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A Runner’s Journey

Russell Field

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The Birth and Development of Sports Video Games From the 1950s to the Early 1980s

Lu Zhouxiang

This article provides an overview of the origins and early development of sports video games. The first generation of sports video games were developed by scientists in laboratories for academic purposes. Together with the rise of microcomputers and the widespread adoption of television (TV) sets, commercial video games began to emerge in the early 1970s. Like their laboratory predecessors, most of the first-generation commercial games were sports-themed and primarily designed as a platform for competition between players. In the second half of the 1970s, ball-and-paddle-based games began to be replaced by more sophisticated games adopting the rules and actions of real-life sports. By the late 1970s and early 1980s, intense competition between video game companies gave birth to many innovative titles, with various sports disciplines adapted into games. Most of the sports games created in this period were based on competitive sports including American football, basketball, baseball, soccer, and tennis, as well as recreational sports like bowling, pool, and darts, many of them long popular in Western Europe and North America, some with a huge fan base in Japan. They were clearly produced to cater to the needs of gamers and sports fans in the world’s three major TV, personal computer, video game, and sports markets at the time.

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The K League and the Duality of Glocality: Men’s Professional Football in South Korea, 1983–2017

Eunah Hong

What happens when modern sports systems in noncore sports nations have undergone extended globalization? In this article, I draw on glocalization theory, particularly Roland Robertson and Richard Giulianotti’s “duality of glocality” to explore the historical developments of the K League, South Korea’s men’s professional football league, launched in 1983. There are many reasons the K League has not yet firmly established its status: (a) the league imposed continuous rule changes on foreign field players while banning foreign goalkeepers, (b) the league introduced a distinct competition structure partially adopted from its Western counterparts, (c) a supporter culture was established which has a similar outlook to that of other supporter cultures but it had a different internal structure, and (d) the league produced media content reflecting local viewer needs while maintaining a structure similar to Western media formats. The notion of a two-step glocalization, the process of heterogenization followed by homogenization with other cultures based on the things that were already heterogenized for a lengthy period, is used to advance the debate on glocalization and to better understand the reasons for the failure to attract K League spectators since its establishment in 1983.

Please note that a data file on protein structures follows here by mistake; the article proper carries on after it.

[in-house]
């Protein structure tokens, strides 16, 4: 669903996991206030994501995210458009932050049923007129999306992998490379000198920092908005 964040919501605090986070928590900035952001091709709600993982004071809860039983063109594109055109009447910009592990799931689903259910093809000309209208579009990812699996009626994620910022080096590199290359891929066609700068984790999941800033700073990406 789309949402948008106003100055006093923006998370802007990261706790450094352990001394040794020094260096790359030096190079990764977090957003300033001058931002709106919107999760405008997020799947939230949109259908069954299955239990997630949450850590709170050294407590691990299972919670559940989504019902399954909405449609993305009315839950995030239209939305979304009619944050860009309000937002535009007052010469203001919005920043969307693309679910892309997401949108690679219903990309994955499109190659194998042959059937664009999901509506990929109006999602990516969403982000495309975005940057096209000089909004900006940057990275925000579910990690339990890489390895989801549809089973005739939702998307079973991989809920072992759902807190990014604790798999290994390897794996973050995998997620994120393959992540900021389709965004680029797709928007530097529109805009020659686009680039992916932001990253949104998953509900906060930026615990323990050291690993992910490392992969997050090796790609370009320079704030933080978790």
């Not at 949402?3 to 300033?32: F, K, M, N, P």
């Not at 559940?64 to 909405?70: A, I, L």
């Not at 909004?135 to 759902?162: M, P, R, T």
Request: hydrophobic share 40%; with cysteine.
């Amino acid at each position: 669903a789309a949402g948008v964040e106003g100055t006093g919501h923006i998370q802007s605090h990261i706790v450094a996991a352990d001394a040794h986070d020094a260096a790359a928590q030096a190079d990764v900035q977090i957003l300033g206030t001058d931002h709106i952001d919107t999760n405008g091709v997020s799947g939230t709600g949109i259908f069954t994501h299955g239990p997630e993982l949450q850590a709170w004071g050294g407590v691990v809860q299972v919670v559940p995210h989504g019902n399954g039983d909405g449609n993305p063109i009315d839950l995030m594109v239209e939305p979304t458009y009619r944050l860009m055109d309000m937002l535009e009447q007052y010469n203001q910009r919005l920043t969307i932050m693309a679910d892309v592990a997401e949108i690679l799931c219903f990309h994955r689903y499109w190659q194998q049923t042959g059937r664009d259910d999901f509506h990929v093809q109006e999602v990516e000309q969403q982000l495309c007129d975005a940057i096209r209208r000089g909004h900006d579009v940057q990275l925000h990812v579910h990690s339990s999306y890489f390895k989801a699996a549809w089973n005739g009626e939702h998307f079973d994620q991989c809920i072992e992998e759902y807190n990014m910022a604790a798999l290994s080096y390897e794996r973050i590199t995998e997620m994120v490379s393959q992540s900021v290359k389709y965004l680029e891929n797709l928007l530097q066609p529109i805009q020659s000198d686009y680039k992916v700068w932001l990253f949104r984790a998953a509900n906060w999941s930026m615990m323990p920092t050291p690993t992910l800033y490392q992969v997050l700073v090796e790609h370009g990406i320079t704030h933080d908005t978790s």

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Contributors

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Volume 54 (2023): Issue 1 (May 2023)

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Leisure, Body, and Politics: A History of Swimming in Modern China

Julia Haoran Ni

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They Didn’t Do Anything Wrong but They Did Everything White: Examination of the 1968 Harvard Crew’s Support of the Olympic Project for Human Rights

Amanda Nicole Schweinbenz and C. Keith Harrison

The iconic image of Tommie Smith and John Carlos standing on the podium, with bowed heads, black-gloved fists in the air during the playing of the American national anthem at the 1968 Summer Olympic Games in Mexico City, is a symbol of resistance and the civil rights movement. This symbolic activism was part of a larger movement, the Olympic Project for Human Rights (OPHR) that was led by Dr. Harry Edwards. The movement was designed to be a nonviolent protest against the inhumane treatment of Black men in the United States. While Edwards and several of the track-and-field athletes worked to create awareness of their fight, a small group of rowers out of Harvard University also took notice. The Harvard men’s eight was the crew selected to represent the United States at the 1968 Games in Mexico, and shortly after their selection, a number of the men decided that they too wanted to support the initiative that Edwards had started. In their attempt to prove that they were indeed allies to the Black athletes on the American team, the men met with Edwards and decided to send letters to each person selected to represent the United States at the 1968 Games in Mexico that outlined the plight of the Black American athletes. However, while their intentions may have been honorable, many within the OPHR movement did not agree with the involvement of the Harvard rowers. Several members argued that these privileged White men had no right to be involved and their initiative was unwanted. This raises important discussions surrounding allyship; more specifically what constitutes an ally compared to the “great white hope?” This paper uses Edward’s concept of allyship and the oblivious possessive investment of whiteness and critically examines the Harvard men’s support of the OPHR movement in 1968.

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Editorial Note

Tanya Jones

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Football and Nation Building in Colombia (2010–2018): The Only Thing That Unites Us

Y. Andrew Hao

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Football and Nation Building in Colombia (2010–2018): The Only Thing That Unites Us

Alyssa Hirsch